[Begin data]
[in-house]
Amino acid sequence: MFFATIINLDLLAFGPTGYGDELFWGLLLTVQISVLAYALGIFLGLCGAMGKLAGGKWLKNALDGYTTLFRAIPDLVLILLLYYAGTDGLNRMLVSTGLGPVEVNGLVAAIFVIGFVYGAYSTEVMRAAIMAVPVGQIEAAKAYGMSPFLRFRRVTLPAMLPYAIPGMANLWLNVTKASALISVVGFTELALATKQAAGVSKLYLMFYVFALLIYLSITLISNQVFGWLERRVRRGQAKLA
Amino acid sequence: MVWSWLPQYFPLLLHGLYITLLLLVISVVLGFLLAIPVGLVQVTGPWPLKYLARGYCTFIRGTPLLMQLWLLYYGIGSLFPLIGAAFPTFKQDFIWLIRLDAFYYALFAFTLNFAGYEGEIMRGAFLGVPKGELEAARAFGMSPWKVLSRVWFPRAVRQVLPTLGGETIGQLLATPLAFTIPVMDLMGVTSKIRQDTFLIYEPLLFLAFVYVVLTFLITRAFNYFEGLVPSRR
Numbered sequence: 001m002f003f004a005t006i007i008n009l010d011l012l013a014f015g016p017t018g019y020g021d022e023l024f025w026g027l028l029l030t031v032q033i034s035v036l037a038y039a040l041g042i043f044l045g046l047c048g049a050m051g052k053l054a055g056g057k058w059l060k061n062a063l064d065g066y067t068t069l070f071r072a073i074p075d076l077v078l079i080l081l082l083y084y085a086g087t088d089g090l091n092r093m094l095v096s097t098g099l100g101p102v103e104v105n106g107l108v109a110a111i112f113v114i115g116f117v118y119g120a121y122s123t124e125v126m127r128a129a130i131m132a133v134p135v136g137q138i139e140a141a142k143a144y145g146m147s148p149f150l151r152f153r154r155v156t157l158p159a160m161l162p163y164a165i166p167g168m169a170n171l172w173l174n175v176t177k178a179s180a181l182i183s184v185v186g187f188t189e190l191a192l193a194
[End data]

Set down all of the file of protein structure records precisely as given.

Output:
[in-house]
Amino acid sequence: MFFATIINLDLLAFGPTGYGDELFWGLLLTVQISVLAYALGIFLGLCGAMGKLAGGKWLKNALDGYTTLFRAIPDLVLILLLYYAGTDGLNRMLVSTGLGPVEVNGLVAAIFVIGFVYGAYSTEVMRAAIMAVPVGQIEAAKAYGMSPFLRFRRVTLPAMLPYAIPGMANLWLNVTKASALISVVGFTELALATKQAAGVSKLYLMFYVFALLIYLSITLISNQVFGWLERRVRRGQAKLA
Amino acid sequence: MVWSWLPQYFPLLLHGLYITLLLLVISVVLGFLLAIPVGLVQVTGPWPLKYLARGYCTFIRGTPLLMQLWLLYYGIGSLFPLIGAAFPTFKQDFIWLIRLDAFYYALFAFTLNFAGYEGEIMRGAFLGVPKGELEAARAFGMSPWKVLSRVWFPRAVRQVLPTLGGETIGQLLATPLAFTIPVMDLMGVTSKIRQDTFLIYEPLLFLAFVYVVLTFLITRAFNYFEGLVPSRR
Numbered sequence: 001m002f003f004a005t006i007i008n009l010d011l012l013a014f015g016p017t018g019y020g021d022e023l024f025w026g027l028l029l030t031v032q033i034s035v036l037a038y039a040l041g042i043f044l045g046l047c048g049a050m051g052k053l054a055g056g057k058w059l060k061n062a063l064d065g066y067t068t069l070f071r072a073i074p075d076l077v078l079i080l081l082l083y084y085a086g087t088d089g090l091n092r093m094l095v096s097t098g099l100g101p102v103e104v105n106g107l108v109a110a111i112f113v114i115g116f117v118y119g120a121y122s123t124e125v126m127r128a129a130i131m132a133v134p135v136g137q138i139e140a141a142k143a144y145g146m147s148p149f150l151r152f153r154r155v156t157l158p159a160m161l162p163y164a165i166p167g168m169a170n171l172w173l174n175v176t177k178a179s180a181l182i183s184v185v186g187f188t189e190l191a192l193a194